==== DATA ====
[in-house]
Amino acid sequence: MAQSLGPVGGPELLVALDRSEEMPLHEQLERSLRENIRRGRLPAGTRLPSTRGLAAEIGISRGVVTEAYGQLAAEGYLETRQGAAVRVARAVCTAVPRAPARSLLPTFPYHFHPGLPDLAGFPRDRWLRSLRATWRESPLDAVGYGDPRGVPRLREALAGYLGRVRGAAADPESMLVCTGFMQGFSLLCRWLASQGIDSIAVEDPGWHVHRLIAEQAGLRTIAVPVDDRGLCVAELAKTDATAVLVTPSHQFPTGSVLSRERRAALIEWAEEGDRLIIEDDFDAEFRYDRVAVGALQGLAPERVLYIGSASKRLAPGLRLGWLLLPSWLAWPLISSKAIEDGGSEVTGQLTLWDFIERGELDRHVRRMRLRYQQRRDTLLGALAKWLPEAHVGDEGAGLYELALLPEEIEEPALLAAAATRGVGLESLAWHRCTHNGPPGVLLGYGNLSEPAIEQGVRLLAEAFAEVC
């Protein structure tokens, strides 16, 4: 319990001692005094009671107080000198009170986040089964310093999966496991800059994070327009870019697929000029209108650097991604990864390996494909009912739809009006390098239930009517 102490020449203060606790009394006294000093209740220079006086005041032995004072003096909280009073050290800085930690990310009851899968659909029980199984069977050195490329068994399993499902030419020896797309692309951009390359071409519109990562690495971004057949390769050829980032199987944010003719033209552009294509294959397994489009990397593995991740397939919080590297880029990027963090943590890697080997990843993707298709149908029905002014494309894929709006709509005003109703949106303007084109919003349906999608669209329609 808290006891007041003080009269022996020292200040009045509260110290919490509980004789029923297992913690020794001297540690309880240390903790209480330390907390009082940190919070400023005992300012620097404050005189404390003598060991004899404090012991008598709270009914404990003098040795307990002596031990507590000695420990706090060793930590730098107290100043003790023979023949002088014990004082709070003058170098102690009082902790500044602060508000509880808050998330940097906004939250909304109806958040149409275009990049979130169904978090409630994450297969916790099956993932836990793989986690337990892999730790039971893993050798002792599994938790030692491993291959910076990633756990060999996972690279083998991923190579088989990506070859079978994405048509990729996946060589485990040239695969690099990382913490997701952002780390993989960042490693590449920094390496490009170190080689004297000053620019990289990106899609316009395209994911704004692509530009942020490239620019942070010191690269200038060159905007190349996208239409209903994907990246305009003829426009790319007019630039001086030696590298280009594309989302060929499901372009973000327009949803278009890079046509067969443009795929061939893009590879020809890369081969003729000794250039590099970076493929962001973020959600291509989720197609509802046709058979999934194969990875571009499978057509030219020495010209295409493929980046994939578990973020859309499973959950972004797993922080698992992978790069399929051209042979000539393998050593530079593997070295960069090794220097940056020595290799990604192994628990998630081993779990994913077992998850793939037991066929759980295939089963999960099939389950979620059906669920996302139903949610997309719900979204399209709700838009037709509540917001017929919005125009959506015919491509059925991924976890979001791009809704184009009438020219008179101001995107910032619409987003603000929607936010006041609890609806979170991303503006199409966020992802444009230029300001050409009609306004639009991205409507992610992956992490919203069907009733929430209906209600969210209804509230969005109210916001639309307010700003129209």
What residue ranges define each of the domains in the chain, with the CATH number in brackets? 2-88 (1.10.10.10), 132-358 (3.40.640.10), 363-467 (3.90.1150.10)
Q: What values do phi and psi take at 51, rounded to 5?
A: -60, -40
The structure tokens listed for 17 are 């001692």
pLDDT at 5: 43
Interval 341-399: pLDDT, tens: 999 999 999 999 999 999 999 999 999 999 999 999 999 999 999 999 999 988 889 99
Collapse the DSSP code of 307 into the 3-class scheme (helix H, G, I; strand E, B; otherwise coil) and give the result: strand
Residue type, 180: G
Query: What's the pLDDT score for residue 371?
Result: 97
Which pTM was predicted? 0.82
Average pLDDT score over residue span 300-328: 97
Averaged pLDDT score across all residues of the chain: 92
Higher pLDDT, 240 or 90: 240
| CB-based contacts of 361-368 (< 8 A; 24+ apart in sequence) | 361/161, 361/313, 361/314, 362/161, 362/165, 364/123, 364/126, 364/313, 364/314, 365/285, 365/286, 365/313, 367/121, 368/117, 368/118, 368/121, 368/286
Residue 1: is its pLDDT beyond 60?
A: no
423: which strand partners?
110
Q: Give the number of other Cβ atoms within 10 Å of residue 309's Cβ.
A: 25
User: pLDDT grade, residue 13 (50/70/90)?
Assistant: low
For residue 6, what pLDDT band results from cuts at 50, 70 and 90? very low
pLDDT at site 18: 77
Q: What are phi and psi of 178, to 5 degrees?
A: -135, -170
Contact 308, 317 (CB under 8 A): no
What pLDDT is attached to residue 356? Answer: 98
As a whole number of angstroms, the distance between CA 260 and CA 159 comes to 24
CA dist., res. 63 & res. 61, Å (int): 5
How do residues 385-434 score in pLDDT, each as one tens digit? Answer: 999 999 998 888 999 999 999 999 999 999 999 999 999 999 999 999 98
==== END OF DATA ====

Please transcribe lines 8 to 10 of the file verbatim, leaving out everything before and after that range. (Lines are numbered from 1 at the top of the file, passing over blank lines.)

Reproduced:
pLDDT at 5: 43
Interval 341-399: pLDDT, tens: 999 999 999 999 999 999 999 999 999 999 999 999 999 999 999 999 999 988 889 99
Collapse the DSSP code of 307 into the 3-class scheme (helix H, G, I; strand E, B; otherwise coil) and give the result: strand